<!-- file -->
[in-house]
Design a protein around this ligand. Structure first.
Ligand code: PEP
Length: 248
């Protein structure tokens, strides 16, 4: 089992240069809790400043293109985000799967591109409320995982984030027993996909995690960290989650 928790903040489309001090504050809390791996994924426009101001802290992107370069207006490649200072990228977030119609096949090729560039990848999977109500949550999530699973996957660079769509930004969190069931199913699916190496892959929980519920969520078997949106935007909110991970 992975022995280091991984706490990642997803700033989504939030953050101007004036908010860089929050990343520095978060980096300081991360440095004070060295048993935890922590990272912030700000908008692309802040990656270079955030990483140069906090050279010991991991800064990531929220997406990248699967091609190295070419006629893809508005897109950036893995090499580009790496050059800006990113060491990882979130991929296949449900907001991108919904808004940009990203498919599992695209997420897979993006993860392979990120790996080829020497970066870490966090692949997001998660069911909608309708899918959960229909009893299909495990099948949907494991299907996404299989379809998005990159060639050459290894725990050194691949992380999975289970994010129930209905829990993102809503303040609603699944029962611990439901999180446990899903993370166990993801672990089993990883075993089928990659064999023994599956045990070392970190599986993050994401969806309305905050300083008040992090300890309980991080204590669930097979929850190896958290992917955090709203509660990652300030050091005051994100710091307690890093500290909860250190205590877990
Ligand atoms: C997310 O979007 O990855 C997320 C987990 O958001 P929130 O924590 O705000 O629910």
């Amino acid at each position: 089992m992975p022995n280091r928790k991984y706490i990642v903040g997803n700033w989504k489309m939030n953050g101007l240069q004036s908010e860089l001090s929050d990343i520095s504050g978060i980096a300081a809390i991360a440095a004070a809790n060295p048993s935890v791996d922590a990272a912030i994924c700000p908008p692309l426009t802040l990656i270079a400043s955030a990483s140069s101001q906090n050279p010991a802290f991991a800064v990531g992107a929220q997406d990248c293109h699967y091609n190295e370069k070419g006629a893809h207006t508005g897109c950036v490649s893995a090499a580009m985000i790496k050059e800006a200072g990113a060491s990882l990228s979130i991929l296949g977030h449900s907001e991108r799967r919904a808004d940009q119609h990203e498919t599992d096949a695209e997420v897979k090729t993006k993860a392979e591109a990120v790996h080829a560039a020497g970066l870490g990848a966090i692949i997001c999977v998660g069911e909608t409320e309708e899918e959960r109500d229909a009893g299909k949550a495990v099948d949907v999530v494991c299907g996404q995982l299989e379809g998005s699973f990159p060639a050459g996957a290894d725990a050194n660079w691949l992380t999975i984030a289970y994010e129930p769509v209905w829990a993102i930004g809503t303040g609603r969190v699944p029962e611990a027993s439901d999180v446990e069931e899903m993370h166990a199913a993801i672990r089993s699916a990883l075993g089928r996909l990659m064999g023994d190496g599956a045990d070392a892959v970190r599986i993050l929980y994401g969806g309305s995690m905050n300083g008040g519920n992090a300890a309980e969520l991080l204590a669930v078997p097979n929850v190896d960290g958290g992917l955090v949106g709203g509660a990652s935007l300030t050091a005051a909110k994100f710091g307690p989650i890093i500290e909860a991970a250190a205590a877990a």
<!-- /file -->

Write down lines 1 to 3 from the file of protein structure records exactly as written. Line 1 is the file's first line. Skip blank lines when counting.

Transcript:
[in-house]
Design a protein around this ligand. Structure first.
Ligand code: PEP